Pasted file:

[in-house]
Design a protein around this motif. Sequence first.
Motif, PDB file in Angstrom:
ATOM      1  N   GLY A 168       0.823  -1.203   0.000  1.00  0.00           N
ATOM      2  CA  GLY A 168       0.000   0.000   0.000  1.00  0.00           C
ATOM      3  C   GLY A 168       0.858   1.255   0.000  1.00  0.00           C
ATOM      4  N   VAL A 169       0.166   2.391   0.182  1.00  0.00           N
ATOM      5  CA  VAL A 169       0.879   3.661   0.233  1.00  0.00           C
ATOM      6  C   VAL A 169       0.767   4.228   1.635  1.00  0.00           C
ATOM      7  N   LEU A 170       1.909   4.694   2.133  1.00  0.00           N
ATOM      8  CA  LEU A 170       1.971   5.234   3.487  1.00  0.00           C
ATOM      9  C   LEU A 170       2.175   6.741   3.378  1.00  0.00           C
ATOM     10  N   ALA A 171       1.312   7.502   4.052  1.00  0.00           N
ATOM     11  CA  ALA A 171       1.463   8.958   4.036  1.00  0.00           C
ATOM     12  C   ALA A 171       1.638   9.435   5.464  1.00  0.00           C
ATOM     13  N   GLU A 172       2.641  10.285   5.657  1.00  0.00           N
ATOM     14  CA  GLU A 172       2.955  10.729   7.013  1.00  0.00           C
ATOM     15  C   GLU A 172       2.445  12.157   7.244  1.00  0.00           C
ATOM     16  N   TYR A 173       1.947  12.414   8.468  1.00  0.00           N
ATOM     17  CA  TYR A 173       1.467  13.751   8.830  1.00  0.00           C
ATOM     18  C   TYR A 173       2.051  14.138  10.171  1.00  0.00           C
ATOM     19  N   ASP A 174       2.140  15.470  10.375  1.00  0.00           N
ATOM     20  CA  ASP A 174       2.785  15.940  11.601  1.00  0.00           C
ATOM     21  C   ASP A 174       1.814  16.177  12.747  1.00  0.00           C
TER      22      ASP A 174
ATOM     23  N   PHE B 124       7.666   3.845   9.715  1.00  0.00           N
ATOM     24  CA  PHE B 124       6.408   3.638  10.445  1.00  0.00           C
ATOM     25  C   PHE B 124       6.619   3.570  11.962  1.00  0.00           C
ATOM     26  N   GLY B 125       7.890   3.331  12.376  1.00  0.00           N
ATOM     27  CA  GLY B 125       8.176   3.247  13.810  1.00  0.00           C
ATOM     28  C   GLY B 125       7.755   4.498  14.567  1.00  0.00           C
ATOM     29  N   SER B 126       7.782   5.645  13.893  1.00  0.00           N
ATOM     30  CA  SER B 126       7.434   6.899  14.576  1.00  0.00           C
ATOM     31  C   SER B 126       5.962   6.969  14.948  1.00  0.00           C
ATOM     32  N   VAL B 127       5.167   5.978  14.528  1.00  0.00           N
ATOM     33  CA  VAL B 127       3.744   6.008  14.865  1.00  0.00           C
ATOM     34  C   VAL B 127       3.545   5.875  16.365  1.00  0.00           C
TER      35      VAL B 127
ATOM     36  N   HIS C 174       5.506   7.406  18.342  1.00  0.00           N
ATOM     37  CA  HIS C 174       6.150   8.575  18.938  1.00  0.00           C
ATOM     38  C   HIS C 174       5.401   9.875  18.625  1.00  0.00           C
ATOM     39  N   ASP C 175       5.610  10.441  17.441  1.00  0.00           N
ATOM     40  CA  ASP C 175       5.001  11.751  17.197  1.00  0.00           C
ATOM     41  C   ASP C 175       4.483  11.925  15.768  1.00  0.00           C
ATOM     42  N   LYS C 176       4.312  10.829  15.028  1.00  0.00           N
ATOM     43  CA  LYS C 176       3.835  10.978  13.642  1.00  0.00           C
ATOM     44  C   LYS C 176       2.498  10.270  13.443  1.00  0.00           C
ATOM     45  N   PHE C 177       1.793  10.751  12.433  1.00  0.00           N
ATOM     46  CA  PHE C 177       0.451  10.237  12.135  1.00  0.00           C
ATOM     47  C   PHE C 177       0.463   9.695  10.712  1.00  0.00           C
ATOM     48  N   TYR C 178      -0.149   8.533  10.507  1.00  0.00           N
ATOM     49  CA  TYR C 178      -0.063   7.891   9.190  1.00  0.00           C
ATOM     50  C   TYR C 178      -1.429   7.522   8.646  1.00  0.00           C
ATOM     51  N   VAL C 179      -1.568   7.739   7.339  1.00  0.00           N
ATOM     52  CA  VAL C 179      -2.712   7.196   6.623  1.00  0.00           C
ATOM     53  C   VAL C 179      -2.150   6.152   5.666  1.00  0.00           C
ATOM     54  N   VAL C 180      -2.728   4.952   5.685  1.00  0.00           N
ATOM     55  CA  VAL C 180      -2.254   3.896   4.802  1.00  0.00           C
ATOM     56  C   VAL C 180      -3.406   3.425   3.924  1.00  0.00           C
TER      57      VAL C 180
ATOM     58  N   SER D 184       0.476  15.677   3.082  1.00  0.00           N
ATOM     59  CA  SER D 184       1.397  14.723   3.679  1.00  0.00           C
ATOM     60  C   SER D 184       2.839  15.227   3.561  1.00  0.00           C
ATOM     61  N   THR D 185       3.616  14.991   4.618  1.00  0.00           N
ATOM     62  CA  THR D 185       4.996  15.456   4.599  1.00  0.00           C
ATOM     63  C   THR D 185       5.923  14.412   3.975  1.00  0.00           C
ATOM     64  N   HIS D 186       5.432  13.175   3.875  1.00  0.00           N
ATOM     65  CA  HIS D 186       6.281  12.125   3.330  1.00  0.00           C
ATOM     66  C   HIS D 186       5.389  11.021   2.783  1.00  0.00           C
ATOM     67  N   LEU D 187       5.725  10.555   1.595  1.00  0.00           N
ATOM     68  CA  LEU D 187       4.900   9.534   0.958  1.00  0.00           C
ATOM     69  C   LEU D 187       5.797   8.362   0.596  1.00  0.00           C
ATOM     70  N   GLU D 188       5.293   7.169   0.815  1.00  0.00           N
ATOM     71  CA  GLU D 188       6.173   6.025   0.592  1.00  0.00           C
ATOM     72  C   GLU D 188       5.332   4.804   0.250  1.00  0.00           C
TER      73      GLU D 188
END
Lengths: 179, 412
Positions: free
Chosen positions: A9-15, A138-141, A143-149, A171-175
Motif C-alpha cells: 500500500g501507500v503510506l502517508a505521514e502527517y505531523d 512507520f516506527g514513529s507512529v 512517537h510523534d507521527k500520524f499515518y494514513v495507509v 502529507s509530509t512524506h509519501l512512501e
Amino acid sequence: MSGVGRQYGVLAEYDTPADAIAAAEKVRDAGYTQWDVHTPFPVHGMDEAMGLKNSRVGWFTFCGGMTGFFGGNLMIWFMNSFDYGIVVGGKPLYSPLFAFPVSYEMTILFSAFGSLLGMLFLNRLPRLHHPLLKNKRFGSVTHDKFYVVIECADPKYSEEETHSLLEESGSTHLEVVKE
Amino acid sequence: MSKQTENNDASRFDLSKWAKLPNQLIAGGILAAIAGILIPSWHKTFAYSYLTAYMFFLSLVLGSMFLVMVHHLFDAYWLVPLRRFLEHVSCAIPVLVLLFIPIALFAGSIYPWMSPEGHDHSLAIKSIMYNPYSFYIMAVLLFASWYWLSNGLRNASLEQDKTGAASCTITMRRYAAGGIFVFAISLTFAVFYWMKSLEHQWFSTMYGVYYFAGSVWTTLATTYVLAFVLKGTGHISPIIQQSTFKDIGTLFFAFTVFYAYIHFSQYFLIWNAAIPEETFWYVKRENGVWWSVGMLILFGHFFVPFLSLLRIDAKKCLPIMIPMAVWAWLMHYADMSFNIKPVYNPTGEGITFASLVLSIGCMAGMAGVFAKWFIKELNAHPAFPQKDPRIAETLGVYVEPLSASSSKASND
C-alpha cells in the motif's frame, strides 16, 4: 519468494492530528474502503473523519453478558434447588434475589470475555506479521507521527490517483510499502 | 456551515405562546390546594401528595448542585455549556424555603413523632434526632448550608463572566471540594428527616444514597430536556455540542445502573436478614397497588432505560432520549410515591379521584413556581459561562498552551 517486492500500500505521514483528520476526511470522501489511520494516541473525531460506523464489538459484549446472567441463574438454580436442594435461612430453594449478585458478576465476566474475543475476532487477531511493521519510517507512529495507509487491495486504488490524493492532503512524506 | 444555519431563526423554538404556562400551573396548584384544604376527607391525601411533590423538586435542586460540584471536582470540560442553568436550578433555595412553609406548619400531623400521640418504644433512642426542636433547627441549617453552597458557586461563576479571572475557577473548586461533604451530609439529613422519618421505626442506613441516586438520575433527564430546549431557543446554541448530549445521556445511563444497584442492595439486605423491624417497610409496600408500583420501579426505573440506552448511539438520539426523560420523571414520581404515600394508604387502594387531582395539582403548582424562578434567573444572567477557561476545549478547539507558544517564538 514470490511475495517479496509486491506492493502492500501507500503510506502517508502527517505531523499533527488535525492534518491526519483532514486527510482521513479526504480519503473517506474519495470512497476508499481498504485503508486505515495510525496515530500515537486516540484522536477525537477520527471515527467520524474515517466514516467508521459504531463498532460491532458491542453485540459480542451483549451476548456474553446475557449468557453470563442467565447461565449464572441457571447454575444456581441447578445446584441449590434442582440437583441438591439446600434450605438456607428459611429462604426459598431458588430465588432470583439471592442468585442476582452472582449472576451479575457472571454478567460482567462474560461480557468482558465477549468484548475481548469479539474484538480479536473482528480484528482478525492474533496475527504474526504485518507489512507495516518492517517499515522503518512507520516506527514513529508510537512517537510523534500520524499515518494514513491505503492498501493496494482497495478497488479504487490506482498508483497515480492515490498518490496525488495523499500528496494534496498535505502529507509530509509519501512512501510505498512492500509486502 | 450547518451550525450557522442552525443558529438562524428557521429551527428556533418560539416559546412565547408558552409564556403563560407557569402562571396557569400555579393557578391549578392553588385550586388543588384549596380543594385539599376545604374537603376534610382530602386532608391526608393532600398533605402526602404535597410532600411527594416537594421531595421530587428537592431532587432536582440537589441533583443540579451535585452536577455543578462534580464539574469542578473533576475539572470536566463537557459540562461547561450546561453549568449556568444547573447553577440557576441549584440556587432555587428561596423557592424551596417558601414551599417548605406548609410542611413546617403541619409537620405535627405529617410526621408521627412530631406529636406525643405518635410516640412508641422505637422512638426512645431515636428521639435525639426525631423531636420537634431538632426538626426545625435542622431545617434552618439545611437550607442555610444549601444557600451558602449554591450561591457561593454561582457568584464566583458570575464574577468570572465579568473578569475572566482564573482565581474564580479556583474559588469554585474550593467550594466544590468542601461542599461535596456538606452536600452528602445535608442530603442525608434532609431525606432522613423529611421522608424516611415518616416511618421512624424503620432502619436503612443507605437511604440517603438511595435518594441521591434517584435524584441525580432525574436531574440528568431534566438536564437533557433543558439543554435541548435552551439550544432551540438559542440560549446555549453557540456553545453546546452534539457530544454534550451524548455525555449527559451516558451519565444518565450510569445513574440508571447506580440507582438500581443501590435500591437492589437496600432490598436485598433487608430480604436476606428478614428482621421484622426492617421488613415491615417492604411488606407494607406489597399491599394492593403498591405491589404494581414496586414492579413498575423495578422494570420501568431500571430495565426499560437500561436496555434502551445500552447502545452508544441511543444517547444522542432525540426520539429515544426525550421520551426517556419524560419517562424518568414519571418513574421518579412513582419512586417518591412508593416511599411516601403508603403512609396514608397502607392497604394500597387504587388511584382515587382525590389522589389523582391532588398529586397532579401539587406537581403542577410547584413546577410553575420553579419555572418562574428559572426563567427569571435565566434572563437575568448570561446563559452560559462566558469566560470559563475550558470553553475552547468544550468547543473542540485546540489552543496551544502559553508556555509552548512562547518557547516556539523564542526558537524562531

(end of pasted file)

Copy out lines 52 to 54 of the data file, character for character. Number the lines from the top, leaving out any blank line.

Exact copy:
ATOM     49  CA  TYR C 178      -0.063   7.891   9.190  1.00  0.00           C
ATOM     50  C   TYR C 178      -1.429   7.522   8.646  1.00  0.00           C
ATOM     51  N   VAL C 179      -1.568   7.739   7.339  1.00  0.00           N